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catallaxy in technical exile

Yes Virginia, there is such a thing as society

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When Margaret Thatcher told Woman’s Own that “There is no such thing as society” her opponents were convinced they knew what she really meant — that if you were poor, sick, or badly educated it was your fault and your responsibility to do something about it. Of course this wasn’t what she said, but it played to an image of Conservatives as an uncaring and greedy party intent on demolishing the welfare state and unshackling the more fortunate from their social obligations.

Once sound-bitten, twice shy. So now the new Tory leader, David Cameron, is proud to say that “there is such a thing as society – it’s just not the same thing as the state.” Presumably he means that people do have obligations to each other but that this doesn’t mean that more government is always the best way to solve our problems. In the same speech Cameron also tries to neutralise the idea that Conservatives only care about business and money. There is “more to life than money” he says, “the quality of our relationships and the beauty of our surroundings matter too.”

Society has become a favourite theme of the Tory modernisers. In June this year David Willetts was arguing that Conservatives needed to get away from an narrow focus on the economy:

Many people think that this is all that Conservatism stands for — personal choice in a market economy. But free-market economics cannot be the whole story. We should stay true to the free-market economics that originally got so many of us involved in Conservatism, while grappling with the big social issues that go beyond economics. That is why many “modernisers” want us to match economic liberalism with social liberalism.

Willetts says that Blair has outmaneuvered the party with his Third Way combination of economic efficiency and social justice:

For too long the Conservative Party has stood transfixed in the headlights of this vehicle and decided that it either has to veer off as purely the party of neoliberalism and personal freedom, or we become a party of cultural Conservatism trying to protect traditional ways of doing things.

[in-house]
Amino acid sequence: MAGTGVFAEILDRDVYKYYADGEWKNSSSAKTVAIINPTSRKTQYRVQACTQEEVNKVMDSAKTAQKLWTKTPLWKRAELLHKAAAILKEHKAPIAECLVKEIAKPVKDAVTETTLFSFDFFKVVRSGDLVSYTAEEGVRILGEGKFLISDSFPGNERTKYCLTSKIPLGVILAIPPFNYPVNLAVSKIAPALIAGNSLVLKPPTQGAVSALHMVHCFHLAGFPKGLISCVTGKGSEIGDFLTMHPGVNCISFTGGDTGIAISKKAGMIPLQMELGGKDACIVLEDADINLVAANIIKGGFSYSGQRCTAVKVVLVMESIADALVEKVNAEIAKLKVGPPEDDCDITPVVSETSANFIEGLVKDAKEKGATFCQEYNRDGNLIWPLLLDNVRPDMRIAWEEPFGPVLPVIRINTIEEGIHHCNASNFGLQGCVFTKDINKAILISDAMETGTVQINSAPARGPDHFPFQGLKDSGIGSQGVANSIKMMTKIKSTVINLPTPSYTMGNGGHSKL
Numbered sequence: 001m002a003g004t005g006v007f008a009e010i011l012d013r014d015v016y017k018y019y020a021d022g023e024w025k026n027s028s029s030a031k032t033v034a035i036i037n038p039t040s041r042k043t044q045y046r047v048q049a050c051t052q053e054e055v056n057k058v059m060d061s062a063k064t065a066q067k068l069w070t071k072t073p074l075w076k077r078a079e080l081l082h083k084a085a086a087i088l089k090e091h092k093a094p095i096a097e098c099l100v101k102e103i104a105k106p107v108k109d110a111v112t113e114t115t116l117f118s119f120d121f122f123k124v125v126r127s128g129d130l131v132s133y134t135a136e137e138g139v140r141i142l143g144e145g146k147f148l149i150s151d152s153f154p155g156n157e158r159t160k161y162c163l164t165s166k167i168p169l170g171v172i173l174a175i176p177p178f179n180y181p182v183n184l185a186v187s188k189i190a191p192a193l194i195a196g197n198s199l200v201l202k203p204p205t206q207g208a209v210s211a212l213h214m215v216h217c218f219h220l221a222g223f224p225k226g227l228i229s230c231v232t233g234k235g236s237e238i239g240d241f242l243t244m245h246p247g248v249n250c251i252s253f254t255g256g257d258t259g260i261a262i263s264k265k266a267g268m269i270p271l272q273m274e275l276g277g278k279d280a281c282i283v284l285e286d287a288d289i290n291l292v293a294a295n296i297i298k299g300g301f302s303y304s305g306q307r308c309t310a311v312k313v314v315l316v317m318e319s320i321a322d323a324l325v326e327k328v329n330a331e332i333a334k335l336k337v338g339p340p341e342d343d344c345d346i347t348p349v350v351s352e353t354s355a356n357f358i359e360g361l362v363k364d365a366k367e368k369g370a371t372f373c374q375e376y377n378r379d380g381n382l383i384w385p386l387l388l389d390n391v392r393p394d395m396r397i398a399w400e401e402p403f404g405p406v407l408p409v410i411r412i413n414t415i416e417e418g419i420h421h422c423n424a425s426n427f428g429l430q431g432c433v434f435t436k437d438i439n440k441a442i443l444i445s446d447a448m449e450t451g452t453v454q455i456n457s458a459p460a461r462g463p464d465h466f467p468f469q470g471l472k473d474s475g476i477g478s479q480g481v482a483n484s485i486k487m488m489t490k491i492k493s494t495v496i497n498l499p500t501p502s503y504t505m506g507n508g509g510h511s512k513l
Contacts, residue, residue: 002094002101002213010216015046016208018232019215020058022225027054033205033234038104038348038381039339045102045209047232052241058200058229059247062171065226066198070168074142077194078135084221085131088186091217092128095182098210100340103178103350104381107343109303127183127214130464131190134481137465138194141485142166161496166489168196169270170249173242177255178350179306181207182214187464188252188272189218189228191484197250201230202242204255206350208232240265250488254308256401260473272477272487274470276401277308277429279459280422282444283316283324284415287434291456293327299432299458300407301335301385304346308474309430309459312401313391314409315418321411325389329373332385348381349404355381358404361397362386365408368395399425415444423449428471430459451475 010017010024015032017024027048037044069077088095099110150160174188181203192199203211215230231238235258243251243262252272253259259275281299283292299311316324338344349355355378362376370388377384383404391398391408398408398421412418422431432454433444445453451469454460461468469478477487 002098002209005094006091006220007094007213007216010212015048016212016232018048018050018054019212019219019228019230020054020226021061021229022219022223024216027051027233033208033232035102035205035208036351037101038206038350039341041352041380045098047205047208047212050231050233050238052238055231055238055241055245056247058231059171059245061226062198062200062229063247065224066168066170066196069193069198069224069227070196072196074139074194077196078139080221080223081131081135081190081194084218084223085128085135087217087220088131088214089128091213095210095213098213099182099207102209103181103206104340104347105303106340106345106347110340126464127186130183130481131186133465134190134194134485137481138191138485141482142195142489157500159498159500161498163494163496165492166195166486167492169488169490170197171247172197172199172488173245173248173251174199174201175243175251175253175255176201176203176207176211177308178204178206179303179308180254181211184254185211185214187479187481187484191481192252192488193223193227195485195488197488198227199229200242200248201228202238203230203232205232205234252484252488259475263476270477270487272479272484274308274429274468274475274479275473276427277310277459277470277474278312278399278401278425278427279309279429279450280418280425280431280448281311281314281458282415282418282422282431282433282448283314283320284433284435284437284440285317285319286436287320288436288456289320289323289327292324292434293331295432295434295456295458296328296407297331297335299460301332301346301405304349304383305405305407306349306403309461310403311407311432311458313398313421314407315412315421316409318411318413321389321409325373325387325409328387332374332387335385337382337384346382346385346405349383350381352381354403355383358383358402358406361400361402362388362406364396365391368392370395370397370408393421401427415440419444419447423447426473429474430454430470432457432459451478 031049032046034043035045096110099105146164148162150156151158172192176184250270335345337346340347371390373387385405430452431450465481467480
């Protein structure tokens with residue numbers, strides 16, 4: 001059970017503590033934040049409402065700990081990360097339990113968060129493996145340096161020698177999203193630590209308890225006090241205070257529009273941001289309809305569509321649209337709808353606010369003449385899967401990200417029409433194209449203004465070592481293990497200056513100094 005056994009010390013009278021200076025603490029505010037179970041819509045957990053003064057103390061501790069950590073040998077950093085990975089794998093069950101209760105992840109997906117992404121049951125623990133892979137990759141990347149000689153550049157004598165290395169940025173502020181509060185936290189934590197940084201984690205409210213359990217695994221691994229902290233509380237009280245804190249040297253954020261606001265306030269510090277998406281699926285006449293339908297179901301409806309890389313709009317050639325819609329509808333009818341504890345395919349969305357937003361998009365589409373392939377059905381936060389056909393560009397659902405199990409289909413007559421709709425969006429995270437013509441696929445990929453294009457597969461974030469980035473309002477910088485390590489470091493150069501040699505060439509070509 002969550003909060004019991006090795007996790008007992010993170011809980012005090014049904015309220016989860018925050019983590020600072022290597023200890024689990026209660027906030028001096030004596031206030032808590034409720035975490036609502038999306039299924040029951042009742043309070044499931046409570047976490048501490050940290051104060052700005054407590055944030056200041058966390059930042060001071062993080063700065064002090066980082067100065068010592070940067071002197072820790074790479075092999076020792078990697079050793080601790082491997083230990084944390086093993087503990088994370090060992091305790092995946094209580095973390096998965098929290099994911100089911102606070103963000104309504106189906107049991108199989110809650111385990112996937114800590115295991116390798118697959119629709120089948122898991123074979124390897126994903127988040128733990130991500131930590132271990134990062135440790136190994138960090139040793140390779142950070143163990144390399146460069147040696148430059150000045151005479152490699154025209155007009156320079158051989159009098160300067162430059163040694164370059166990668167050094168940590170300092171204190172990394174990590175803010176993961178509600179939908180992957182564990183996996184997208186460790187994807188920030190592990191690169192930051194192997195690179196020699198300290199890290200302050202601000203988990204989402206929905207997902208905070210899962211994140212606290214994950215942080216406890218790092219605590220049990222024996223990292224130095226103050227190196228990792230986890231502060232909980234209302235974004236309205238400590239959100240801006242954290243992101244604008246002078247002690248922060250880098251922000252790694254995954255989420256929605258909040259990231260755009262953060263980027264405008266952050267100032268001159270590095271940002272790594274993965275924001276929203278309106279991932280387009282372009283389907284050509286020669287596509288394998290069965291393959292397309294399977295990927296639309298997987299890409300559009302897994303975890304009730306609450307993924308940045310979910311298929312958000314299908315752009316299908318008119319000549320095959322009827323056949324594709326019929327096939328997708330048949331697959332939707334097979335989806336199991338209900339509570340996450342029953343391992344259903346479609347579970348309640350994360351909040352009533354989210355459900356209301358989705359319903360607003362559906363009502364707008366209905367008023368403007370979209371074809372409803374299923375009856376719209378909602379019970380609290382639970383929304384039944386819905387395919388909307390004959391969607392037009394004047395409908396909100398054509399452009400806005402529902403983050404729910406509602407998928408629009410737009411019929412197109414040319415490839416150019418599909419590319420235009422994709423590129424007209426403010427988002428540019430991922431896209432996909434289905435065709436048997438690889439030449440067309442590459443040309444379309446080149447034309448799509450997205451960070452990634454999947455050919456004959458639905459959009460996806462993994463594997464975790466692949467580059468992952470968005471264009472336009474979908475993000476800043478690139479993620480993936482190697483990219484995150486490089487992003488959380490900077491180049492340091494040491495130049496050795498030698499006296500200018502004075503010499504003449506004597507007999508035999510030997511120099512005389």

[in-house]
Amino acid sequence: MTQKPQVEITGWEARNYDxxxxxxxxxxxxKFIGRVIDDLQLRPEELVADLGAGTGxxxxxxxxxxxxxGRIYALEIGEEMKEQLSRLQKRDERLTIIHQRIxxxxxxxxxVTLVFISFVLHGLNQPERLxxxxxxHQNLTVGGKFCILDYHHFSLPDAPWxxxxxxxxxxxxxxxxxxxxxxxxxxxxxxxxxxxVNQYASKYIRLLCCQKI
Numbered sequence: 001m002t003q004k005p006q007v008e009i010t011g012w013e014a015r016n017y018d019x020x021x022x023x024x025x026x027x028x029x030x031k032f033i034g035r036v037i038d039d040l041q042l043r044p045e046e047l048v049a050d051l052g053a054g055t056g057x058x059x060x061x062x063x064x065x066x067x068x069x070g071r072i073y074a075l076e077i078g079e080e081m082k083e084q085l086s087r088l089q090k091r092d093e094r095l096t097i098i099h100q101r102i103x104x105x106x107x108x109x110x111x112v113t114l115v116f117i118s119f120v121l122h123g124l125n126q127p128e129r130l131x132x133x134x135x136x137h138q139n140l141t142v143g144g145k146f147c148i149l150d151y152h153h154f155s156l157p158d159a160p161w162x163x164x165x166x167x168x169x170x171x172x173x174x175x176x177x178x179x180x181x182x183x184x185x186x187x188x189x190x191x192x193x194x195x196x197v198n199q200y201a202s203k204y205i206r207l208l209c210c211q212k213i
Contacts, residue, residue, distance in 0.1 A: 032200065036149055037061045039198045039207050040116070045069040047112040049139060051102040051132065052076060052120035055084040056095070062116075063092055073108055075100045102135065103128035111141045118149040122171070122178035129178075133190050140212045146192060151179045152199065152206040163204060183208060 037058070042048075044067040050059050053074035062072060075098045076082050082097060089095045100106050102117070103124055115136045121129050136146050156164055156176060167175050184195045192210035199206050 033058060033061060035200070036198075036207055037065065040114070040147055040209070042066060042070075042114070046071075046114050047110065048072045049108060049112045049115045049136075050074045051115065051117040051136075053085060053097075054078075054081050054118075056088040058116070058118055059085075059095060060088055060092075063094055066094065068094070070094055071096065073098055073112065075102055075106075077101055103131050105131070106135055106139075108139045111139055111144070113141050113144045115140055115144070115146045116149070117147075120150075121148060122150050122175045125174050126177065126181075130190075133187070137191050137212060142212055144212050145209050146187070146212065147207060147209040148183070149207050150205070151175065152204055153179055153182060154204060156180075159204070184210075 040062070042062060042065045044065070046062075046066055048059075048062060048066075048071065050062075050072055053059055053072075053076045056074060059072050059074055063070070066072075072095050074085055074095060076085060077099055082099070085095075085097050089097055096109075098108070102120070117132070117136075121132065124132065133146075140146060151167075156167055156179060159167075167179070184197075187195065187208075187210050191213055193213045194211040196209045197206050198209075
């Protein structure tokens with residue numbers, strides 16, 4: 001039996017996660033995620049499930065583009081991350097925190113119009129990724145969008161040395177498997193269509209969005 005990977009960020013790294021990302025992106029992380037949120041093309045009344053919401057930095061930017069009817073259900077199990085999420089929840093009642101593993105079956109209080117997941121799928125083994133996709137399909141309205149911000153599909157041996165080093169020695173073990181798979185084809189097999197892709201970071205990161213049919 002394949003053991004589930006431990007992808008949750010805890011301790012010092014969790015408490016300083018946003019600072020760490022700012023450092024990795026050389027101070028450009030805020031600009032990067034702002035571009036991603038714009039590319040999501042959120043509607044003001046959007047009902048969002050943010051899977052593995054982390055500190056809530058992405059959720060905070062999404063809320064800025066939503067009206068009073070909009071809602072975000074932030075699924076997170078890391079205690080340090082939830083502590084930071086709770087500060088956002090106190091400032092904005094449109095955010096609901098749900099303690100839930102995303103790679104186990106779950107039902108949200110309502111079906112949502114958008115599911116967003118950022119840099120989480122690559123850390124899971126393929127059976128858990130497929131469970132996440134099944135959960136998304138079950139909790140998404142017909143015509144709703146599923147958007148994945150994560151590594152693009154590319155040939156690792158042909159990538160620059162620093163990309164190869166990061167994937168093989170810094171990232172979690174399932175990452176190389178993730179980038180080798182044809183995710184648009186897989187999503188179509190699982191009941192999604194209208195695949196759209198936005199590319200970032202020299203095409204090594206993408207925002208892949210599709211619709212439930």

The latest news is that Oliver Letwin, a key Cameron adviser, wants to tackle economic inequality. “Of course, inequality matters” he told the Telegraph, “Of course, it should be an aim to narrow the gap between rich and poor.” While Letwin wants to focus on improving people’s ability to provide for themselves he doesn’t rule out taxing and spending “We do redistribute money and we should redistribute money,” he said.

To many commentators this looks like a radical break with the party’s Thatcherite past, but in reality it’s mostly a change in emphasis. Even during the Thatcher years the party talked about levelling: As a 1976 policy statement explained:

Since some people have more ability and a greater opportunity to acquire property than others, there are bound to be social and economic inequalities. Conservatives are not egalitarians. We believe in levelling up, in enhancing opportunities, not in levelling down, which dries up the springs of enterprise and endeavour and ultimately means that there are fewer resources for helping the disadvantaged. Hostility to success, because success brings inequality, is often indistinguishable from envy and greed, especially when, as Alexander Solzhenitsyn has pointed out, it is dressed up in the language of the `class struggle’.

Oliver Letwin was careful not to stray too far from this tradition. While he placed less stress on the virtues of private property he never argued for ‘levelling down.’ As he told the Telegraph:

The Government should seek to reduce what would otherwise mean intolerable inequality … It should be an aim to empower those who have least to advance – not in the sense of trying to do down those with most; in the sense of enabling those who have least to share an increasing part of an enlarging cake.

Or as George W Bush might have said, if we want the poor to get a bigger share, then we should “make the pie higher.” There’s nothing revolutionary going on here.

The British Conservative Party’s new rhetoric probably owes a lot to Bush’s idea of Compassionate Conservatism. The Bush campaign had to deal with a post-Clinton Democratic Party — a party that had embraced Third Way themes of personal responsibility and market-friendly economic management. The campaign responded by countering some of the Republican Party’s key negatives — that they didn’t care about the poor and disadvantaged and supported selfish individualism rather than social responsibility.

The party faithful were reassured that compassion didn’t mean higher taxes or more government interference in the market. As Bush adviser Stephen Goldsmith said “compassionate conservatives believe in low taxes, limited government regulation, and the vast power of the free enterprise system.” The public probably weren’t paying that much attention. As long as the candidate cared, that was probably enough for some waverers.

Bush’s presidency was eventually overtaken by the events of 9/11 and the war on terror that followed. But even still, there’s little reason to think that the Bush Whitehouse would have moved far from the kinds of welfare policies traditionally favoured by American conservatives. The same is probably true for Britain’s Conservatives.

Written by Admin

December 24, 2005 at 2:04 am

Posted in Uncategorized

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